It's a hard game to explain without sounding silly. Picture a physics playground. You control a pink worm with feet named BOY, and move, eat objects to stretch your stomach, jump to any height you choose, and stretch lengthwise by pulling yourself in opposite directions, without any specific objectives. Then after you stretch BOY for a while, you can "report" how many meters you stretched to GIRL, causing her to stretch as well. But while BOY is a reasonably-sized character with an elastic torso, GIRL is a giant who starts life in Earth's orbit in space, and as everyone playing on PlayStation Network cumulatively reports stretching scores, GIRL grows bit by bit, eventually stretching herself from Earth to The Moon, Mars, Jupiter, etc. (and in the process unlocking these settings for all players).
As the game describes itself: "Noby Noby Boy is all about stretching a character called BOY. There are no missions or enemies... You don't collect objects by rolling a ball... This game doesn't have any of that stuff. In this game, you stretch and shrink... stretch and eat objects... That's all there is to it."
This isn't a game that tells you everything about itself up front. It gives you a short quiz and then lets you loose. If you want to trip the guy riding his bicycle, or make BOY super long and thread him through buildings or the donut-shaped clouds in the sky, that's up to you. I've had fun seeing how large I could stretch (current record is just over 500 meters) and trying to tie myself into a knot. I've eaten my way through the epilepsy warning, spotted cameos from Mappy and the Prince from Katamari, written messages on the side of BOY, befriended characters so they surf on my back, and recorded video clips (the game has an option so you can send them to YouTube).And several images from the game have surfaced; it looks quite good, in a somewhat kawaii-yet-abstract sort of way:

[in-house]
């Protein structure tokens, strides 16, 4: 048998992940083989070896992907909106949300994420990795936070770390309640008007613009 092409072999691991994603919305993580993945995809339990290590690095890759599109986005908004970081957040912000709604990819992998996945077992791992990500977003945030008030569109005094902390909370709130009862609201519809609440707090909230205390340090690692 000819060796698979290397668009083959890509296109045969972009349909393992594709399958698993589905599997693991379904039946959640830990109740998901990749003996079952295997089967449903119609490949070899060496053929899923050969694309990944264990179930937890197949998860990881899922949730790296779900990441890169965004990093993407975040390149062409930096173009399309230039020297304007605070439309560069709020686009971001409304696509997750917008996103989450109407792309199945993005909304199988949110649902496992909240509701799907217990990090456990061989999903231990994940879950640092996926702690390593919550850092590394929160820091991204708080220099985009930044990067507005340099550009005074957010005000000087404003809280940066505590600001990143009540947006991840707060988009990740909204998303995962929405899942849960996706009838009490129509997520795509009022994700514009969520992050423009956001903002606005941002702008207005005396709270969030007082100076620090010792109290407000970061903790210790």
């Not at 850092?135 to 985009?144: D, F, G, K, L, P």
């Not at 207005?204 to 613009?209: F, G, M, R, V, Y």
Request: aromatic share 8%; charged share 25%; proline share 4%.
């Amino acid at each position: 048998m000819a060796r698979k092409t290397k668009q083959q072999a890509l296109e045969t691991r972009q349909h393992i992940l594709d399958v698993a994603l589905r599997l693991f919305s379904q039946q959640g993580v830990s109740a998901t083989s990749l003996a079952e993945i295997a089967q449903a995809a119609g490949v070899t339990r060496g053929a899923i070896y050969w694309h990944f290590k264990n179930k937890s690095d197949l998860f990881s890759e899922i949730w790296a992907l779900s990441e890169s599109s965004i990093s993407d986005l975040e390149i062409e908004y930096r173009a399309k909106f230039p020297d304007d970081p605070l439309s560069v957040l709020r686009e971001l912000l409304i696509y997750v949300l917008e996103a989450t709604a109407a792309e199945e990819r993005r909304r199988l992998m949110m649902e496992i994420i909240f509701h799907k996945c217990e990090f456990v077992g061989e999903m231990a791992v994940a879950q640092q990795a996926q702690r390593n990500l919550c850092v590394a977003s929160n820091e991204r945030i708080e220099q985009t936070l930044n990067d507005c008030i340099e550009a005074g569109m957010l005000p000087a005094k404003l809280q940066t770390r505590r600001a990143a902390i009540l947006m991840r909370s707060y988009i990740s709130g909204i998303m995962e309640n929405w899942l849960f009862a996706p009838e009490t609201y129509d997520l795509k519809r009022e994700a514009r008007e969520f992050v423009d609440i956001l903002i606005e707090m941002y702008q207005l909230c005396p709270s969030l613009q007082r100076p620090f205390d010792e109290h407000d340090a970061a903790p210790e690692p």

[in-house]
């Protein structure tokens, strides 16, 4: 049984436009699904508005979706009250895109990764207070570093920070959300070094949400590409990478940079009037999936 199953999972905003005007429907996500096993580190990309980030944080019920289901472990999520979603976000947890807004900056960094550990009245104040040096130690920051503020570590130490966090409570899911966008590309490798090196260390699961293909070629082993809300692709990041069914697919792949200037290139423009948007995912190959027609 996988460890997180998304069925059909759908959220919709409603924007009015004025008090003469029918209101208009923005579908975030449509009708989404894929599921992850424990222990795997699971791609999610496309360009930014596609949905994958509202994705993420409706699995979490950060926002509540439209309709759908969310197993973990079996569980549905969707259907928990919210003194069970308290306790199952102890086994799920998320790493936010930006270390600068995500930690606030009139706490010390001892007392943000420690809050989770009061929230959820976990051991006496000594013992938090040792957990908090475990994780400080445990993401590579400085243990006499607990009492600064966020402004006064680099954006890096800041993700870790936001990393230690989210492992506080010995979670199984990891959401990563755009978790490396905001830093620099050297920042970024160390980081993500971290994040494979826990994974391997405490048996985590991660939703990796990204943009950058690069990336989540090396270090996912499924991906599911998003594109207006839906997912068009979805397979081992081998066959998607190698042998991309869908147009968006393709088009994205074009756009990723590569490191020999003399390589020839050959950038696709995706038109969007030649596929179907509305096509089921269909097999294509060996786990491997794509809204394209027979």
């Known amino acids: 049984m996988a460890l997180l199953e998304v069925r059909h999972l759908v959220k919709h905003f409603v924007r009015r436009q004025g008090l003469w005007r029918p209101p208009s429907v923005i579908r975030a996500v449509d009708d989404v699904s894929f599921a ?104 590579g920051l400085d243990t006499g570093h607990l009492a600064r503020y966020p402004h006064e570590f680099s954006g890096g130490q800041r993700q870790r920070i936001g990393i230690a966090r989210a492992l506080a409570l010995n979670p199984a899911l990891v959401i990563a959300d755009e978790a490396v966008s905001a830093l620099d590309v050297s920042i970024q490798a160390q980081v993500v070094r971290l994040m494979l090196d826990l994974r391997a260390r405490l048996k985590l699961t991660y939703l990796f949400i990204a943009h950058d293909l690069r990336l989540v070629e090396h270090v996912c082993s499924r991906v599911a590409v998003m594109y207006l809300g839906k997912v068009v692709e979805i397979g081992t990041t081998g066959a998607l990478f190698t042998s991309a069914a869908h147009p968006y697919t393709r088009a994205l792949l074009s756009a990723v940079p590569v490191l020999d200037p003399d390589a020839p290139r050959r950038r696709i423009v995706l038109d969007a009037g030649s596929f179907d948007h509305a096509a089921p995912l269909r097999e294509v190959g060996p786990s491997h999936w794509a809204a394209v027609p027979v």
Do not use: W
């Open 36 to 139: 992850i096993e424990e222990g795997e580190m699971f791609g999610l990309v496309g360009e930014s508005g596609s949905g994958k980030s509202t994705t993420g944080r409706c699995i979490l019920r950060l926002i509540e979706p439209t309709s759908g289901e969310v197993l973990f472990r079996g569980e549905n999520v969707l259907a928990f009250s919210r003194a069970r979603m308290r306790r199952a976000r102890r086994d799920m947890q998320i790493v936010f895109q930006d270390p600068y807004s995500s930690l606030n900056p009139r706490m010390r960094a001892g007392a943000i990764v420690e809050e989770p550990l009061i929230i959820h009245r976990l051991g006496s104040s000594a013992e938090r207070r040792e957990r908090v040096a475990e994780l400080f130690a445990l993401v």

Noby Noby Boy will apparently be available as a download for the PlayStation 3 console, and will be priced at a "very reasonable" price, to ensure that players expecting Katamari Damacy VII: The Revenge or something don't feel cheated. This and Little Big Planet could be reasons to buy a PS3; it's reassuring to see that they're not just using its power to make more realistic-looking racing/war/sports/zombie-splattering games.
The ever-eccentric Takahashi, meanwhile, has apparently committed himself to designing a new children's playground in Nottingham.
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